While most of the world celebrates the birth of Jesus Christ on Christmas day, in Latvia families and friends, gather together on the eve of December 24th to celebrate Ziemassvētkus which literary translates to Winter Festival. This time of the year in Latvia is all about freshly baked gingerbread cookies, long nights, family and fortune-telling.
Just like our ancestors, we honour the rebirth of the sun, and when it comes to traditions, old pagan ones are still very much alive and widely used today.
Back in a day, birth feathers, dried fruits and coloured yarn were used to make traditional decorations. Most popular ones called ‘puzuri’ were made from straw or stem of grass. The process is time-consuming, and it required lots of patience, but the result is remarkably eccentric.
Top places to see in Latvia
• Sigulda / While Riga, the capital, is the very definition of the ideal weekend break, leave the city behind for a few hours and a visit Sigulda offering a perfect setting for an adventure and nature lovers. Situated only an hour away from Riga, Sigulda can easily be added to your itinerary. Here you’ll find Siguldas Medieval Castle, Gutmanis Cave, Tarzan’s Adventure Park and Sigulda Cable car.
• Jūrmala / One of the ways to escape the city for a few hours is to jump on the train and visit seaside resort Jurmala. You can relax by the sea, climb viewing tower at the beautiful Dzintari Forest Park, visit Jurmala open-air museum and have dinner by the sea.
• Ķemeri National Park / One of the most fascinating places, located close to the seaside resort Jūrmala, is Kemeri National Park – established in 1997 to preserve nature. The park offers biking and nature trails, viewing towers and the best part of it is the Great Kemerri Bog walk that takes you around the lakes, deep pools, lets you observe heaps of migratory birds and brings you closer to sulphur water producing bog.
• Kuldīga / A place with beautifully preserved wooden houses that ooze with character, Kuldiga – a town for those wanting to enjoy life’s simple pleasures – can easily be named Latvia’s prettiest town. Walk its cobbled streets, admire colourful houses and enjoy a lazy afternoon by Europe’s widest waterfall -Ventas Rumba.
• Rundāle Palace and Museum / The grounds of this beautiful palace, built in the 1730s for the Duke of Courland, has undergone extensive restoration. Admire its magnificent baroque art collection, walk around the vast rooms and take in its diverse gardens with 2230 varieties of roses. Rundale Palace makes for a good day out if you are visiting Latvia and arent’ bound for time.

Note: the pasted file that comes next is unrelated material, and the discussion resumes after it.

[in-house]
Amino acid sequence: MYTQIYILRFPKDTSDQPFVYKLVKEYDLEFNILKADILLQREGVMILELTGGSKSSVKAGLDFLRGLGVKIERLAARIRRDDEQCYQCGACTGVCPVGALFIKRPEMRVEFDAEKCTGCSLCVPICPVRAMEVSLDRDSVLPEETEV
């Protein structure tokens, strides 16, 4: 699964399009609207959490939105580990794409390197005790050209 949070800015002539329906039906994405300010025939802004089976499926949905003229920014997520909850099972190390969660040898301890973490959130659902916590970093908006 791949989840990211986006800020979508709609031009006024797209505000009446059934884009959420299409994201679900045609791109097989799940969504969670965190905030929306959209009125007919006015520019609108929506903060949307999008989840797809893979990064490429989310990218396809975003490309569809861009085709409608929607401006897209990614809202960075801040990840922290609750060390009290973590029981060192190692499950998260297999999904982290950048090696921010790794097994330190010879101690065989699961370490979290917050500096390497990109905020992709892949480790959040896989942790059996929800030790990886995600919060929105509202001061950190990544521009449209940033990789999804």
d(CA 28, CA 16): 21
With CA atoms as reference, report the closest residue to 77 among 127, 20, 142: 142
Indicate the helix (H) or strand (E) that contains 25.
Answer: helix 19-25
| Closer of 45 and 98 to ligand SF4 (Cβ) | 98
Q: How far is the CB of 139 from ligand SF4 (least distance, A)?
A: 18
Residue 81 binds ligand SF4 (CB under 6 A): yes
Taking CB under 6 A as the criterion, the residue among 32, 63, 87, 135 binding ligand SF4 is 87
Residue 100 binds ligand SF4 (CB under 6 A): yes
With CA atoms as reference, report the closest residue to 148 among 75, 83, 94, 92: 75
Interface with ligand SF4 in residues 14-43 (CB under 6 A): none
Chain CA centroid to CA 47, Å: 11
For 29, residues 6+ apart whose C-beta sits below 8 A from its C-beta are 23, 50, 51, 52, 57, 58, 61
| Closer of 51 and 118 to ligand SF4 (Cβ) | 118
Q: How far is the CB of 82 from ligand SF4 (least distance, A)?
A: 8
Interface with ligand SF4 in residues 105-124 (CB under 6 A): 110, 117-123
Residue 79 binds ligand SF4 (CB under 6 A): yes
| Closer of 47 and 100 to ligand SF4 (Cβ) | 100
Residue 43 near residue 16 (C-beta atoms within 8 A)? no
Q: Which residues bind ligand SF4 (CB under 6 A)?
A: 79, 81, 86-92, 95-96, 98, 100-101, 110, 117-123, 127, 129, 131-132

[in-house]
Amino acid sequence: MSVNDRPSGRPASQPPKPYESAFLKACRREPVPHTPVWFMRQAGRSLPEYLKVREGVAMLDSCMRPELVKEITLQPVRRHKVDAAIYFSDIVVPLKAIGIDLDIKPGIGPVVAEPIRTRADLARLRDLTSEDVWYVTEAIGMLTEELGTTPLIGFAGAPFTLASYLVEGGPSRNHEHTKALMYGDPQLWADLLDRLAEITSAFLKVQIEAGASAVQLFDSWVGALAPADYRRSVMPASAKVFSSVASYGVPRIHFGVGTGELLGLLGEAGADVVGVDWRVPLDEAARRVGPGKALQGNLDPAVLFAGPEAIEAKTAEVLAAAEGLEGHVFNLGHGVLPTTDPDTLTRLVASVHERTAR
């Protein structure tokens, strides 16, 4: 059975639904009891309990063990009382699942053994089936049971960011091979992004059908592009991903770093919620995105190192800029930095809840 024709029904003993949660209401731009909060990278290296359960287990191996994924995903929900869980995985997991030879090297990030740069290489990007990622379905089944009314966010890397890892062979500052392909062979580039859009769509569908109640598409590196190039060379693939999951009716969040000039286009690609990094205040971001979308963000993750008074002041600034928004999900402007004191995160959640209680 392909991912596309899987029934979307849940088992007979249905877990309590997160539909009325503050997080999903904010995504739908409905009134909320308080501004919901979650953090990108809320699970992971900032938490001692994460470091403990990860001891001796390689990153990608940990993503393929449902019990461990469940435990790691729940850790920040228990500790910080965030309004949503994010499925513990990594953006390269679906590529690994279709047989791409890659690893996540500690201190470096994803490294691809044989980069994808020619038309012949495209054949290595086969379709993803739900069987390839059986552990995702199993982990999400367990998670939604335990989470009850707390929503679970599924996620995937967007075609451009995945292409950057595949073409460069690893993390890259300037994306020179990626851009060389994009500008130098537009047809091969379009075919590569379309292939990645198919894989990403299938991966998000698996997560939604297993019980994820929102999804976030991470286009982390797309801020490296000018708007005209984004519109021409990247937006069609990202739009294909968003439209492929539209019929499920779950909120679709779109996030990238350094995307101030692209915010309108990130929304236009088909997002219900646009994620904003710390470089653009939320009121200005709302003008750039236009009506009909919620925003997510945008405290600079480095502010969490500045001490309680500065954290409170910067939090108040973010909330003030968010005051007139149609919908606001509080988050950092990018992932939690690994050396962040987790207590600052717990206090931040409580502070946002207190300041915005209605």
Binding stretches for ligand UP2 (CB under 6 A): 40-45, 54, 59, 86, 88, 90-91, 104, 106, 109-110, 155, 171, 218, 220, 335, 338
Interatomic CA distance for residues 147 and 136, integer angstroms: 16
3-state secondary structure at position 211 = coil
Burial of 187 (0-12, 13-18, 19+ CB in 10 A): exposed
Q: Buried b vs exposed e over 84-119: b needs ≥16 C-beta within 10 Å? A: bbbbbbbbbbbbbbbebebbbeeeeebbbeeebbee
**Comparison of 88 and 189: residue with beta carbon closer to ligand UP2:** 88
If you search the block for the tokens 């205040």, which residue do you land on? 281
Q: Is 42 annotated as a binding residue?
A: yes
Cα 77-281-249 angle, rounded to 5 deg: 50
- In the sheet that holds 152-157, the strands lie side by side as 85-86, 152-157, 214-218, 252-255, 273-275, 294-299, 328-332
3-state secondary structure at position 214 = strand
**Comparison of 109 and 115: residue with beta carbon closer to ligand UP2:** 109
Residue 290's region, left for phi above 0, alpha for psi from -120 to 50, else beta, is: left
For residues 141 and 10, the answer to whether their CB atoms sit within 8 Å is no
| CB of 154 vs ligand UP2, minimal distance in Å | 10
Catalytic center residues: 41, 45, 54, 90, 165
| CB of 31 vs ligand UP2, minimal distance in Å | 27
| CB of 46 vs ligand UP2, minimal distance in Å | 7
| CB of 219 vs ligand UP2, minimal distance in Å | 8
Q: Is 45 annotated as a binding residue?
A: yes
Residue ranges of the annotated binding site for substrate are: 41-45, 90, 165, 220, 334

• Cēsis / Best known for its medieval castle – where you can climb the tower with a candlelit lantern – Cēsis dates all the way back to 1206. If you love history and culture, you’ll be drawn to the historic Old Town where many examples of ancient wooden villas and beautiful masonry are on display.
• Gauja National Park / A home to a wide variety of animal and plant species as well as sandstone cliffs and outcrops, Gauja National Park – founded in 1973 – was Latvia’s first national park. Nature lovers can enjoy one of many trails, active travellers can jump in a boat and paddle down the river and history buffs can explore Āraišu Lake Castle.
The best time to visit Latvia
Latvia has four different weather seasons, and the best time to visit depends on what you are planning to do. Generally anywhere between late April and September is a great time to plan your journey.
Consider visiting Latvia in June, when Latvians celebrate the shortest night by staying up, singing, wearing oak-leaf wreaths and jumping over a bonfire. Midsummer Festival, known as Līgo and Jāņi, takes place from 23-24 of June every year.
• Spring / Latvia has defined four seasons, and the landscape in early spring is relatively barren with patches of snow, but as the days grow warmer and longer, nature wakes up the bees are buzzing and pollinating, and flowers are blooming. Weather in spring is relatively mild, and at this time of the year you can see bird migrations with flocks of geese, ducks and divers
• Summer / Summer would be the best time to visit as the days are much, much longer, can bring temperatures as high as 30’C
• Autumn / The weather in early autumn is very mild, and there’s an abundance of fresh produce, and plenty of festivals to choose from and autumn foliage in Gauja National Park is a sight to behold.
• Winter / On one hand, during the wintertime weather, can be harsh and extremely cold. Winters, in fact, can be so severe that rose plants in the gardens need to be carefully covered so they can survive the drop in temperatures and it often gets so cold that Riga Bay becomes frozen solid. On the other hand, winter is such a beautiful and calm season, there is something spectacular to be found in cold climates if you are prepared for cold temperatures and snow.
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Now, over to you!
Have you been to Latvia? Let us know in the comments below!
Let us know if you are plotting a visit to Latvia and have travel-related questions!